(Un)Comfortable Reading Positions or “Norton Neck-Cramps”

There’s a common problem plaguing english grad students — in fact, it may have spread to all students generally. It is a problem oft dismissed as irrelevant; never talked about; never addressed, and students suffer alone when confronting it. I of course refer to this:

The 3,000 page neck-aching Norton Anthologies: textbooks that work your mind as well as your forearms. Pictured here is my Norton Anthology of Theory and Criticism. Just look at it! It laughs at your futile attempts to read it comfortably. The first 500 pages or so are by far the worst of the experience — the book constantly shutting from the stress on its binding. Sometimes I look forward to mid-semester only because the book balances better on a table. Word of caution: do not attempt to read this book in bed, unless you have two spotters (very few people do). If you read it in a chair with your lap (which sounds reasonable) you will find your eyes cannot make out the micro-print typeface. The book must be 10-12 inches from the eyes, and the only way to accomplish this is on a flat table, with your neck precariously hinged, taking frequent breaks to relieve the stressors on said neck.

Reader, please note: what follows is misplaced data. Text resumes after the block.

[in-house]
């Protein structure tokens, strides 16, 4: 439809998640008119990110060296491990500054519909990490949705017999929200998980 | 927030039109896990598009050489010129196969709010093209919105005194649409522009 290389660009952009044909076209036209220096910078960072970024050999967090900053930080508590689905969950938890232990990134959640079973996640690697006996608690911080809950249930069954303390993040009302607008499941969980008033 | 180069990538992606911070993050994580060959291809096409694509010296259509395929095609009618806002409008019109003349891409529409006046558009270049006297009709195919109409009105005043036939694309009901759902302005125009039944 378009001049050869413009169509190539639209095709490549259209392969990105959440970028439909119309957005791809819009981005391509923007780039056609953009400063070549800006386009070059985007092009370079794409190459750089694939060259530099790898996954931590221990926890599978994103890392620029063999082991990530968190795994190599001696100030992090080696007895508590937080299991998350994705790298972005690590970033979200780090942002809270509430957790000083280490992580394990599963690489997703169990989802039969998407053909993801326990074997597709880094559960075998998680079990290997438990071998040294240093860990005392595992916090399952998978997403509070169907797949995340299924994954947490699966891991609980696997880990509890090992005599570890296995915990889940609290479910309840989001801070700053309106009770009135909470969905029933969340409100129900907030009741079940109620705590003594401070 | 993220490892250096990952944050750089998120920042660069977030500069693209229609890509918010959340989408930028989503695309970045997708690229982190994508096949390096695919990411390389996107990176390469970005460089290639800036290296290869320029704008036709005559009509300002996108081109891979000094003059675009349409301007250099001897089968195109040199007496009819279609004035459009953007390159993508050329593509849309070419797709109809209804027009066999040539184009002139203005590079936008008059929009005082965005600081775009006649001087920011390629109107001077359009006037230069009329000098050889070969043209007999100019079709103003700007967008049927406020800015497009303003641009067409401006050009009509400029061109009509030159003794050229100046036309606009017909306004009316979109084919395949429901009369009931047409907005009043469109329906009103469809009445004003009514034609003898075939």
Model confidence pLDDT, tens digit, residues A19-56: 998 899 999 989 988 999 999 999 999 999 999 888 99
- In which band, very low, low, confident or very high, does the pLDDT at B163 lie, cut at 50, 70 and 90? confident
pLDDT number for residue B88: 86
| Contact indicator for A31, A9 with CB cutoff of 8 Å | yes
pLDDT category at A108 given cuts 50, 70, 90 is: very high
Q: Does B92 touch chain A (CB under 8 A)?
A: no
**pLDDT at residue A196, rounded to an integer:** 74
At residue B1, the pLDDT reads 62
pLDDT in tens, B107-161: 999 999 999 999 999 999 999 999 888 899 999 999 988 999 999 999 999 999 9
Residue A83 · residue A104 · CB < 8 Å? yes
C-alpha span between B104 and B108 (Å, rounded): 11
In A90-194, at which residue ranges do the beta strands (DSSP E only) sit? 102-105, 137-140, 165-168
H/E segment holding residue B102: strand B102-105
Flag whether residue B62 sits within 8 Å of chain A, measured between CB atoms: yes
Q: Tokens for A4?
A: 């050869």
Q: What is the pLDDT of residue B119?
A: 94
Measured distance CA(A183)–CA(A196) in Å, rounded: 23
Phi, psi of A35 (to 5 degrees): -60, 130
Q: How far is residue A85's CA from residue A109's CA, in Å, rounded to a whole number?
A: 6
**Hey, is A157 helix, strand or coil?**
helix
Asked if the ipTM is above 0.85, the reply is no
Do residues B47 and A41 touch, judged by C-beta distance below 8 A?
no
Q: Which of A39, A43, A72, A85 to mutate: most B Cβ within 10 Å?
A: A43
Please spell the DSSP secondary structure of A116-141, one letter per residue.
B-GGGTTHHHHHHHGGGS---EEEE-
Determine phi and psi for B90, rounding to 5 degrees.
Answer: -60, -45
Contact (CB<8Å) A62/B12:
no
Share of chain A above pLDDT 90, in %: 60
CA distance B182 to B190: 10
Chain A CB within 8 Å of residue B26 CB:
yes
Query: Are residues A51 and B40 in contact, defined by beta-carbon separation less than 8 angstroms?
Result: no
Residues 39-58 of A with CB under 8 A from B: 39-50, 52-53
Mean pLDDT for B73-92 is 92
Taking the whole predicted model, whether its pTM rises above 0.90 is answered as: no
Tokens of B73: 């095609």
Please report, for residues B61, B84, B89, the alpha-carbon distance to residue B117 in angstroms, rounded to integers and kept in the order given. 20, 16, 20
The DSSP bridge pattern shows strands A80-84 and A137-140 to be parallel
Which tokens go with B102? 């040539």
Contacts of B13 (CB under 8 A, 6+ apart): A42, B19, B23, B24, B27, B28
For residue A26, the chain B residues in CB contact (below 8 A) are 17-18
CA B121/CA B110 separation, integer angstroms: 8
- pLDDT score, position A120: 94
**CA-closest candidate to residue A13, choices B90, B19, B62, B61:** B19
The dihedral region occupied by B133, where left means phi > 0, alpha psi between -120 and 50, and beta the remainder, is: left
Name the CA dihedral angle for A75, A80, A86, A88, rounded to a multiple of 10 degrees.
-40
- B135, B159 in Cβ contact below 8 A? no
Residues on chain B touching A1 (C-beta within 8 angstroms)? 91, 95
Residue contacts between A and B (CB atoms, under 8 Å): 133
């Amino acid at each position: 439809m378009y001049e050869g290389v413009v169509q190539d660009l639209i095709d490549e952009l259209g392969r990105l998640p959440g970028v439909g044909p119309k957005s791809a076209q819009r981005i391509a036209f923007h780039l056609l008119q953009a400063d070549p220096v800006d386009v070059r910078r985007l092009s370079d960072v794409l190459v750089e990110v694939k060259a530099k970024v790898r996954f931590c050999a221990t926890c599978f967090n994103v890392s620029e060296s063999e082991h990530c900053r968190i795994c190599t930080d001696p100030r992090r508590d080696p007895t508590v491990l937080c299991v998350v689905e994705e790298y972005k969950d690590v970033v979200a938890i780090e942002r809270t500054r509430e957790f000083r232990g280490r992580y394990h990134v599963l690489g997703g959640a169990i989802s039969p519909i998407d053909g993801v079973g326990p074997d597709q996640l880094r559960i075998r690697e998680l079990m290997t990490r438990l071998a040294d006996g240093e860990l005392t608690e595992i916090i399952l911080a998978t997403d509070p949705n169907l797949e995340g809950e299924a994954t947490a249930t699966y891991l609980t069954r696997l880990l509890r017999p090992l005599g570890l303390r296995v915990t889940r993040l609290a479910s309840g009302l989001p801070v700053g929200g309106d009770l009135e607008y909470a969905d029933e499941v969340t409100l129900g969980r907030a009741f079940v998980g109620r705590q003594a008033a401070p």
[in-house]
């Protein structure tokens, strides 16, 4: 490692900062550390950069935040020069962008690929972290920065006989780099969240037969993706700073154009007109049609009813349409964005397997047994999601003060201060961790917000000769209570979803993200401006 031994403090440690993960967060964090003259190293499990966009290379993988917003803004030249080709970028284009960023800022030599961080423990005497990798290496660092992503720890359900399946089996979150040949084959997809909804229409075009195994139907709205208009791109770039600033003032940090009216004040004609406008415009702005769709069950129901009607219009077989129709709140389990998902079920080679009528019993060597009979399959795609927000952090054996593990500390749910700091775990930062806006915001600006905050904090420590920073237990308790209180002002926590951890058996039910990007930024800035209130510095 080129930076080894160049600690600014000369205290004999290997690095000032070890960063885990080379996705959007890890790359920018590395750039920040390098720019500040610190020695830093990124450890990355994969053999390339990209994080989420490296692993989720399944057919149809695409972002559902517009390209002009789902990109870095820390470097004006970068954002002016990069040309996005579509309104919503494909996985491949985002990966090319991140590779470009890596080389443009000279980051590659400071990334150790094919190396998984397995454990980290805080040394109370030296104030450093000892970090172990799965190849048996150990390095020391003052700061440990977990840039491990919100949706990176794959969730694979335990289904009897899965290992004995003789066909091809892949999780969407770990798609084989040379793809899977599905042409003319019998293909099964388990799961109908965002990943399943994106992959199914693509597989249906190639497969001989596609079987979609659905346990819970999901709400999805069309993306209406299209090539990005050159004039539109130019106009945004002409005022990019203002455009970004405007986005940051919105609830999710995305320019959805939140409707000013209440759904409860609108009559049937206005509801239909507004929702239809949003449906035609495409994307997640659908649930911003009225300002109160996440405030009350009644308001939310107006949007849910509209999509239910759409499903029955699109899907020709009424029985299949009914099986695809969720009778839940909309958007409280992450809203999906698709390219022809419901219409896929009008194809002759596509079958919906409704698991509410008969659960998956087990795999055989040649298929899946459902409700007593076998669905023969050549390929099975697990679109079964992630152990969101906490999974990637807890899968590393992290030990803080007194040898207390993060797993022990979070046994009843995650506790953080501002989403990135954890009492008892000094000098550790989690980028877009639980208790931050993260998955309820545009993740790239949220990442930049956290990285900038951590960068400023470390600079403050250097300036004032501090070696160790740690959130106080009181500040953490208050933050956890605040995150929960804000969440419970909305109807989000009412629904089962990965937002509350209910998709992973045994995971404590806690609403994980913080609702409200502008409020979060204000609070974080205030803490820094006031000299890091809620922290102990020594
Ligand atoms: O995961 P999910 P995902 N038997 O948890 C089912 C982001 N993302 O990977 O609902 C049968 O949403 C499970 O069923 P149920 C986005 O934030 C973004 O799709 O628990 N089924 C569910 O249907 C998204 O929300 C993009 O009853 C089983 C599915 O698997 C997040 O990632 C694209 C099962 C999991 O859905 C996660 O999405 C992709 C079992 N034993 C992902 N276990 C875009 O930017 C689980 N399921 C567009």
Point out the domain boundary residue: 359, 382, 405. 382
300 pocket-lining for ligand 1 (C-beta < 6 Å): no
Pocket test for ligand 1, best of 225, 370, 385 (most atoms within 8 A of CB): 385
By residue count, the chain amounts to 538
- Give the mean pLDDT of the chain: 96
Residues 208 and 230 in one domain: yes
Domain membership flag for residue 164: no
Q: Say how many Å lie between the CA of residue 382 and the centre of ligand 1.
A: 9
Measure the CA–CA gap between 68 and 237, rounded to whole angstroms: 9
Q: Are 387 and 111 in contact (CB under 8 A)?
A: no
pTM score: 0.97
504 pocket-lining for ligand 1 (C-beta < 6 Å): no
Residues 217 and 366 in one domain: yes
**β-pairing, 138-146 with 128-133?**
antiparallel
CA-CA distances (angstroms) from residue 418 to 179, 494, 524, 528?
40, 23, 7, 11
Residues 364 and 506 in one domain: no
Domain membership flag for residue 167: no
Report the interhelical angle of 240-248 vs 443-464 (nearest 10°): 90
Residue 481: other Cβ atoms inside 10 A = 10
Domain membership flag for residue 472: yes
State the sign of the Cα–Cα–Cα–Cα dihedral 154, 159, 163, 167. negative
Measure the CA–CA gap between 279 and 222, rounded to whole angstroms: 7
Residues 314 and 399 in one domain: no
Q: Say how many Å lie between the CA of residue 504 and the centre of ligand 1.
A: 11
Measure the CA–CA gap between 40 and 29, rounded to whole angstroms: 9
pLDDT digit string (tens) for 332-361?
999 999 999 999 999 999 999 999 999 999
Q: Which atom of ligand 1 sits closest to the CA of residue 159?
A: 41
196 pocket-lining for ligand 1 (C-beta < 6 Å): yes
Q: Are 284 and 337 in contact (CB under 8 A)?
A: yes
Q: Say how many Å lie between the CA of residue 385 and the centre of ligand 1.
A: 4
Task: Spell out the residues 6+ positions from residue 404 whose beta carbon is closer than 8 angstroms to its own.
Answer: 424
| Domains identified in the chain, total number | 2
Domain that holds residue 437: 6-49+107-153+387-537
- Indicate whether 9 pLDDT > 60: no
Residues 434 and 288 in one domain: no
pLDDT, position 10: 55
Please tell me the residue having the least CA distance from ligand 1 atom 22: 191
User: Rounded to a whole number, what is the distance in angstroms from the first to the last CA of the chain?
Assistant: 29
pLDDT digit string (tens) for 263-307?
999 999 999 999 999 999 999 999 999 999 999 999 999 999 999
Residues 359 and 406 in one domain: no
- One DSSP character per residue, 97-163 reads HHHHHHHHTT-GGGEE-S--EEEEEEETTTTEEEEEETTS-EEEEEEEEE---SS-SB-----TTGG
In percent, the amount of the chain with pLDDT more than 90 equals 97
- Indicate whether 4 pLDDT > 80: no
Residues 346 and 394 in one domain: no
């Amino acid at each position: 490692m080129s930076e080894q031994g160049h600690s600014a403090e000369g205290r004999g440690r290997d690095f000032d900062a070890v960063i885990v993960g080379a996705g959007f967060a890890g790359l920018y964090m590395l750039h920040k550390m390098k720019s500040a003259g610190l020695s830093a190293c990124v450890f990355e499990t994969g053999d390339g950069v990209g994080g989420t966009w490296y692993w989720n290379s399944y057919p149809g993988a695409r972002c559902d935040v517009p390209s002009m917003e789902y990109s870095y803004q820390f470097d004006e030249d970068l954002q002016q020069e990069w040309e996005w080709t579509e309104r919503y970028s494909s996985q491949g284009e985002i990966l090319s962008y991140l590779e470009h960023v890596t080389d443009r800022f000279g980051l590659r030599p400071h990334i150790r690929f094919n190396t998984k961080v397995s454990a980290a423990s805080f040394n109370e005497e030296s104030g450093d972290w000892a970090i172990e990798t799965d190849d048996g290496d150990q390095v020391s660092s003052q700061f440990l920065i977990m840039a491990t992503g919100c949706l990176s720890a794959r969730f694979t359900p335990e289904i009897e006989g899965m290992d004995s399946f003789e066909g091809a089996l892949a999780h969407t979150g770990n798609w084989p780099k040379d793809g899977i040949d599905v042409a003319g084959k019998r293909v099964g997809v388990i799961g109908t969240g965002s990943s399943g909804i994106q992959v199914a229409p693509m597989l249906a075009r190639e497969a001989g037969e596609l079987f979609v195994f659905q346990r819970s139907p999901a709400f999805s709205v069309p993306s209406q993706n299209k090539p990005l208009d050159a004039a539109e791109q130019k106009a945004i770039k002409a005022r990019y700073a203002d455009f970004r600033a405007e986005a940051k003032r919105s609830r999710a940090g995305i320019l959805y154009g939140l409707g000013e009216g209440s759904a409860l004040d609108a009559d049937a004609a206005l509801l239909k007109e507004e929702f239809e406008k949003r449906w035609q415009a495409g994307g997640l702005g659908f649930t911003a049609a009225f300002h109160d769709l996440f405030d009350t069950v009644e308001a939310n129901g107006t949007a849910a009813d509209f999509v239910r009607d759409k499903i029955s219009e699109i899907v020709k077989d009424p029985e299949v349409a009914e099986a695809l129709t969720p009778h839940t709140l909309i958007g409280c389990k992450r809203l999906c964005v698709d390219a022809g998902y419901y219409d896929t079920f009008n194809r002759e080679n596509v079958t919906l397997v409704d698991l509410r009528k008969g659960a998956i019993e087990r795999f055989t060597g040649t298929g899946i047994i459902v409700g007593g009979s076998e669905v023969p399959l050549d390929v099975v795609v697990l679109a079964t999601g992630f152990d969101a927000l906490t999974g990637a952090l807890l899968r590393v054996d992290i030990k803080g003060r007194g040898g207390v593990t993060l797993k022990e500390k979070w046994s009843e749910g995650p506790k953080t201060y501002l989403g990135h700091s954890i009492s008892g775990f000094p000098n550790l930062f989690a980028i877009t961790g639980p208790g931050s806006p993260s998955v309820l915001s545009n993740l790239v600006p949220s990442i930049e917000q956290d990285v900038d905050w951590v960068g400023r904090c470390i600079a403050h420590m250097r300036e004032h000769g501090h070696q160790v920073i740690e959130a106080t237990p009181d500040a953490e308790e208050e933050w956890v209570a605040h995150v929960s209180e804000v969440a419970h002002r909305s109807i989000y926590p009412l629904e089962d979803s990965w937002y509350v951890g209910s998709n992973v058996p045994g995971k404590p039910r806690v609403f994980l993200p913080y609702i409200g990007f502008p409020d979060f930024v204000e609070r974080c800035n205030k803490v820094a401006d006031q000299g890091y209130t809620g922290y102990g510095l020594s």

Fortunately, that has all changed. I’ve finally discovered a more comfortable way to read this book! I never thought I’d see this day, but alas: Behold, the book holder!

This ingenious device props books upright allowing it to be read easily at eye-level, relieving neck stress, minimizing head movements, and overall providing a more comfortable and healthy reading posture for uber-large textbooks.

In my mind, this is a revolutionary find (though, apparently a hushed secret among law students who have known about it for years: damn lawyers and their secret clubs!). I bought mine from Amazon for about 8$ and love it. It has already dramatically improved my reading experience, and as result, no doubt will seep into better grades. Simply search for “book holder” on Amazon and always remember who showed you the way 😉